Senators Barbara Mikulski (D-MD) and Kay Bailey Hutchison (R-TX) introduced a bill on Monday to reauthorize a program that funds breast and cervical cancer screenings for low-income women. “Breast and cervical cancer strike America’s women in large numbers and continue to be a silent killer in communities across the country,” said Senator Mikulski.
Since 1991, the National Breast and Cervical Cancer Early Detection Program has provided almost 5.8 million screenings to nearly 2.5 million uninsured or underinsured women. Through the program’s work, approximately 22,878 breast cancers and 1,502 cervical cancers were detected. But the program is still only reaching about 20 percent of eligible women (aged 50-64) nationwide. The bill authorizes $250 million for the program for FY 2006, an increase of $55 million over this year’s funding, in order to serve more women and save more lives.
Meanwhile, a new poll of 800 women by the Gynecologic Cancer Foundation and Research!America found that that nearly half the respondents (47 percent) could not name any symptoms of gynecologic cancers (the most common being cervical, endometrial and ovarian). Yet 54 percent of those surveyed believe they are at personal risk for such cancers. A recent study by Decima in Canada, commissioned by that country’s National Ovarian Cancer Association, was even more dismaying: It found that 96 percent of the Canadian women surveyed could not identify the most common symptoms of the disease.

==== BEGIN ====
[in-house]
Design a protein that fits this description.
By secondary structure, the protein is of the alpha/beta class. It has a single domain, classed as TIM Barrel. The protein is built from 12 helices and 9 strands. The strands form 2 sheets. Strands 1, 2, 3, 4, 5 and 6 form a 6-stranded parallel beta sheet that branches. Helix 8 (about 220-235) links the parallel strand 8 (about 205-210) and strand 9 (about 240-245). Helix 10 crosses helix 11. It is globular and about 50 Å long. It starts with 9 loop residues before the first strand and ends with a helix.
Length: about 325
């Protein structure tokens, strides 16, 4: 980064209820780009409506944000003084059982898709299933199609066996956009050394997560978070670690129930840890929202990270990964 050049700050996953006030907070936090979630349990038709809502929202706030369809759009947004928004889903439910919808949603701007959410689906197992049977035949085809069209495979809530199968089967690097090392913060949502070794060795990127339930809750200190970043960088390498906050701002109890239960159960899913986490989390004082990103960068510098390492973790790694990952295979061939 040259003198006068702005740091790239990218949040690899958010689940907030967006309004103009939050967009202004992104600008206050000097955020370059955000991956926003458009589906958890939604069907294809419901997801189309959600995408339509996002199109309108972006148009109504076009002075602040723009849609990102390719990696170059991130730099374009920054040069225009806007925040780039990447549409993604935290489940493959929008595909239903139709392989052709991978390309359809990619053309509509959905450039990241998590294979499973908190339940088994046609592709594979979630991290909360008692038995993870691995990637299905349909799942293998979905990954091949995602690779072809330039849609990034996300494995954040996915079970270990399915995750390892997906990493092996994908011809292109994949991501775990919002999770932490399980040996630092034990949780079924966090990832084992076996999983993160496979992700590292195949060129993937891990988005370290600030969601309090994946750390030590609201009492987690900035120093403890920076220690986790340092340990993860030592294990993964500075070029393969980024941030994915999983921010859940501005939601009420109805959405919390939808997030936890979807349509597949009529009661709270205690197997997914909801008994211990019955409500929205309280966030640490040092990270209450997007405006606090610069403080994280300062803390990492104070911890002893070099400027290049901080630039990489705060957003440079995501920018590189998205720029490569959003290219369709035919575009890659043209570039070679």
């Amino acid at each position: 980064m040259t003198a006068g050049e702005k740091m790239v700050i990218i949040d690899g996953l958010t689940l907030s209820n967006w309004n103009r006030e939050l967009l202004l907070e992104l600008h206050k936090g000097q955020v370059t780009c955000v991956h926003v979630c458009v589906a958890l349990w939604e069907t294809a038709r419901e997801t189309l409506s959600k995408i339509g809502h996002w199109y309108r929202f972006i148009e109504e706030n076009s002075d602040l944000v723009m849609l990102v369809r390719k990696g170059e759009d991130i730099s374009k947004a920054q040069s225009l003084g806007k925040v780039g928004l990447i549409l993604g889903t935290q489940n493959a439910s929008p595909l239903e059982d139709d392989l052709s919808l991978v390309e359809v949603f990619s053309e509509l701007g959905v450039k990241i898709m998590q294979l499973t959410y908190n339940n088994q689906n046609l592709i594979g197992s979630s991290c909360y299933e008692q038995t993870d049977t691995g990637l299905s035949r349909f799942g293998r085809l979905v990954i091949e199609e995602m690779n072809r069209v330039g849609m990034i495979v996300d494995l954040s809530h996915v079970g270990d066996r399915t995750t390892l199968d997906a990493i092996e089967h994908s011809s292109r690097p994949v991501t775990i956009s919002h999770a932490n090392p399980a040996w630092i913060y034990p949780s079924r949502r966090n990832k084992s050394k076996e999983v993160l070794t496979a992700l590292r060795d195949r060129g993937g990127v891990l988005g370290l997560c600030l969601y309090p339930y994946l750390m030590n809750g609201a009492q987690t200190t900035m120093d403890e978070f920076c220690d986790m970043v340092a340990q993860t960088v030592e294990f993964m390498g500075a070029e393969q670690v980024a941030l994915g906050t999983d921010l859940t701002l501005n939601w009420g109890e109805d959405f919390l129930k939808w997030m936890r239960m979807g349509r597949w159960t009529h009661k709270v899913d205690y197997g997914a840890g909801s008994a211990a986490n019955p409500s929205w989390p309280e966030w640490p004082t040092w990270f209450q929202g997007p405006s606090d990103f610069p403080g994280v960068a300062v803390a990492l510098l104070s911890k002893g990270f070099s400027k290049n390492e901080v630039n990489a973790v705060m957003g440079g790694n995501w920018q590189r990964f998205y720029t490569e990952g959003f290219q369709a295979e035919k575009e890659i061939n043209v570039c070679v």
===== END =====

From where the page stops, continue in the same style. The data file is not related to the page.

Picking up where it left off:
According to the National Cancer Institute, approximately 80,000 cases of gynecologic cancers are expected to be diagnosed in 2005. If diagnosed in early stages, these cancers have a high survival rate; however, many of them go unrecognized and undetected until they reach a more critical stage where survival rates drop precipitously. Approximately 29,000 women in the United States will die this year from these cancers, the NCI estimates.
LEARN MORE Here is a list of the typical symptoms of the three most common gynecological cancers